Saturday, December 17, 2011
Homecoming by Cynthia Voight
Read December, 2011
Review summary: the orphan narrative boosts self-esteem
These days, it seems like all little girls want to be princesses. I blame Disney, because it seemed to start when they began putting out good princess movies: The Little Mermaid, Beauty and the Beast, Aladdin (Jasmine), etc. But when I was a kid, it was all about orphans. Annie, the Boxcar Children, etc. It seemed like a kid's greatest fantasy was to be destitute and wild, homeless and free.
Homecoming was written in that era, and it's a prime example of what's so alluring about being orphaned. Dicey is 13, the oldest of four kids who are abandoned by their mother at the beginning of the story. Almost at once, Dicey takes responsibility for her siblings and leads them on a journey that takes the whole summer to find a new home with a relative they never met. It's an adventure story, for sure, but the adventure is cloaked in Dicey's struggle to satisfy their most basic needs of food and shelter.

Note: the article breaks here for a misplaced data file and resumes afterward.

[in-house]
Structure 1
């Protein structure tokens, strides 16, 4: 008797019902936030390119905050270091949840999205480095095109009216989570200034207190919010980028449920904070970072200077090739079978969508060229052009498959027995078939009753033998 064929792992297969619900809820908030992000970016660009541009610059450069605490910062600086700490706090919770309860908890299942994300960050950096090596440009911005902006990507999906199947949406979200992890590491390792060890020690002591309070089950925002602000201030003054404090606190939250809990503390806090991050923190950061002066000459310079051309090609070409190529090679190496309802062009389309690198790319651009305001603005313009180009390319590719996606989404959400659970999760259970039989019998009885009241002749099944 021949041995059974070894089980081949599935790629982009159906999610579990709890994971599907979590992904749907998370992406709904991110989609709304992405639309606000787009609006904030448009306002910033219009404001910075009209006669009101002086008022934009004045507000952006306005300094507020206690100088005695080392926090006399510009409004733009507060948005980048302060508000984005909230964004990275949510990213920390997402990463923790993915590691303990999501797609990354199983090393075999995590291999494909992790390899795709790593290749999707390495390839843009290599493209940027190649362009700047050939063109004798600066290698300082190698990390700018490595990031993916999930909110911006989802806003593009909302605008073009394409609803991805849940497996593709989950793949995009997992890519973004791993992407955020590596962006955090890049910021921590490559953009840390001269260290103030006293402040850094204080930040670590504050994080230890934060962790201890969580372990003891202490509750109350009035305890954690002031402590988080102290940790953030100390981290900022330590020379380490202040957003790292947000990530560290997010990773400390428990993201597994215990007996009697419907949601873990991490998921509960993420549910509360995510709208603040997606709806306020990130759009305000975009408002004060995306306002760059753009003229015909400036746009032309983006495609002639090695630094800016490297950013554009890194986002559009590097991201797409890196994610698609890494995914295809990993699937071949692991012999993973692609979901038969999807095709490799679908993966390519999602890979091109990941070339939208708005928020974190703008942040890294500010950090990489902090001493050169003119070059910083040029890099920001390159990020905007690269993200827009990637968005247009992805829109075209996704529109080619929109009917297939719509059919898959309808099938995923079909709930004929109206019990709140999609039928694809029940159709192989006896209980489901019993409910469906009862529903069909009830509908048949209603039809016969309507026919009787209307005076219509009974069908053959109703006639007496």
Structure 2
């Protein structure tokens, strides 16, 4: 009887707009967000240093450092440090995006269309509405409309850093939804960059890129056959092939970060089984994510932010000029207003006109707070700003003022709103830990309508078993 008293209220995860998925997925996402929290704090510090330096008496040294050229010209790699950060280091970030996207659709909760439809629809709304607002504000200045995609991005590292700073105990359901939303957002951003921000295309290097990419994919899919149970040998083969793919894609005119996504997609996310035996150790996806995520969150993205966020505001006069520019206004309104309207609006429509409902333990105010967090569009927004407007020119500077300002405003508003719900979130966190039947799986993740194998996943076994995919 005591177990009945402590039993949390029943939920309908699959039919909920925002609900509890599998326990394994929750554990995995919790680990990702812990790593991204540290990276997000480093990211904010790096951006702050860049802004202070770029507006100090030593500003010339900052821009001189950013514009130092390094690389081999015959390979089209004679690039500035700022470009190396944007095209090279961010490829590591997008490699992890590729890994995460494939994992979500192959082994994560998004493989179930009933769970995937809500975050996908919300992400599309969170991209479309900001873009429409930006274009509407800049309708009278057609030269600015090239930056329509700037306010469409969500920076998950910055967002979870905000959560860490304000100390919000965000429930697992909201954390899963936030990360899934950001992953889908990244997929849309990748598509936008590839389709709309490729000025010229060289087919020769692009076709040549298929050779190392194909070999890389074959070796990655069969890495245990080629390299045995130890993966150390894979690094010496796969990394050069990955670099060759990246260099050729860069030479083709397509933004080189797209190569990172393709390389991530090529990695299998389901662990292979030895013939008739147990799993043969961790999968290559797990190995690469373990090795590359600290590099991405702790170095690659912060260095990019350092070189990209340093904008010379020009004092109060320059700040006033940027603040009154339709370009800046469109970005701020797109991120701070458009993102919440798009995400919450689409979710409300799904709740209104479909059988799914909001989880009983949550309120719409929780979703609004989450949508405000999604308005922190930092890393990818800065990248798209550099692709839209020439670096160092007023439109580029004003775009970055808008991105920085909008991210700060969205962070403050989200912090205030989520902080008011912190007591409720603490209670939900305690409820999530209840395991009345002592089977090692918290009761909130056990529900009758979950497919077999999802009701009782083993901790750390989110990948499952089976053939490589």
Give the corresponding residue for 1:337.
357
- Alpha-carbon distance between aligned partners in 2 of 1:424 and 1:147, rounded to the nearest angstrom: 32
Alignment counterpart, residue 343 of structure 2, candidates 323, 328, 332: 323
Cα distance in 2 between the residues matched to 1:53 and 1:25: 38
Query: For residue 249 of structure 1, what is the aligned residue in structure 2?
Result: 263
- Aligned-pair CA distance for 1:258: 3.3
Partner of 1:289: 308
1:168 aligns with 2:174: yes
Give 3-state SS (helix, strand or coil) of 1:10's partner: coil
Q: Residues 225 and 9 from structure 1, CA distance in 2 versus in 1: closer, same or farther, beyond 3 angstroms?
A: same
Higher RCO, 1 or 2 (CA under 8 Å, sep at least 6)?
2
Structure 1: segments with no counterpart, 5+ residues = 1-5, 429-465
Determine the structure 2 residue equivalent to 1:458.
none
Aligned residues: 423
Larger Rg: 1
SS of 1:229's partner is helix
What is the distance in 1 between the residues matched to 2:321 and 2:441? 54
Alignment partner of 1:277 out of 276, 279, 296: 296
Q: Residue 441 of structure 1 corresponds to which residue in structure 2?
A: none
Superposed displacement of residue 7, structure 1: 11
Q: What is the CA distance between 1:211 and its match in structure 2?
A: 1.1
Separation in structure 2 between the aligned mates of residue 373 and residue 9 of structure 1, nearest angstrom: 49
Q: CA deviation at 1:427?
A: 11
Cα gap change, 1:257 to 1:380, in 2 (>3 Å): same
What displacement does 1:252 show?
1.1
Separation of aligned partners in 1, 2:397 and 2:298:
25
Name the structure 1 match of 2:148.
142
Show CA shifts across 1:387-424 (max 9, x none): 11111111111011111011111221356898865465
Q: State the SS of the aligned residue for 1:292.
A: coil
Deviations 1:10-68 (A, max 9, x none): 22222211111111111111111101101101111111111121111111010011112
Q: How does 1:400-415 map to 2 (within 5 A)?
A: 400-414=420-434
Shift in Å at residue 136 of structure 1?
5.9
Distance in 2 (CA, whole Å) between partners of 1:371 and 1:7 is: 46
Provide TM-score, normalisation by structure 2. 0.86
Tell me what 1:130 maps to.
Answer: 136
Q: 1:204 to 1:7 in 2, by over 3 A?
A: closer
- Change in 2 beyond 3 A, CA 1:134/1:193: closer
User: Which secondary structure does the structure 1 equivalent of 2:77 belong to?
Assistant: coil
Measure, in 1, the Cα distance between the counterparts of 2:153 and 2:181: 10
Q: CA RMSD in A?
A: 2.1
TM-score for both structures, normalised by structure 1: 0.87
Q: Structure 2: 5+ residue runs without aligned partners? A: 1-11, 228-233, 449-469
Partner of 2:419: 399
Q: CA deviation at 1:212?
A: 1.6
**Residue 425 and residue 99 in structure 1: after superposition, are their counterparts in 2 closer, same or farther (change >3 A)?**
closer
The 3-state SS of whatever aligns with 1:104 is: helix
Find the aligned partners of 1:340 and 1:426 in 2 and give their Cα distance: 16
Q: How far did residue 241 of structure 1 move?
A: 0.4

So why is the orphan narrative so appealing? I read an article recently whose premise was that parents today are too protective of their children. Parents want to be their kids' best friends, and kids feel smothered. The article suggests that kids have their happiest moments when they're allowed to be independent or wild, playing outside the box and solving problems on their own. I think the orphan narrative is appealing for precisely that reason: when a reader puts herself in Dicey's shoes, she feels like she can be smart, resourceful, and independent, and even a little wild.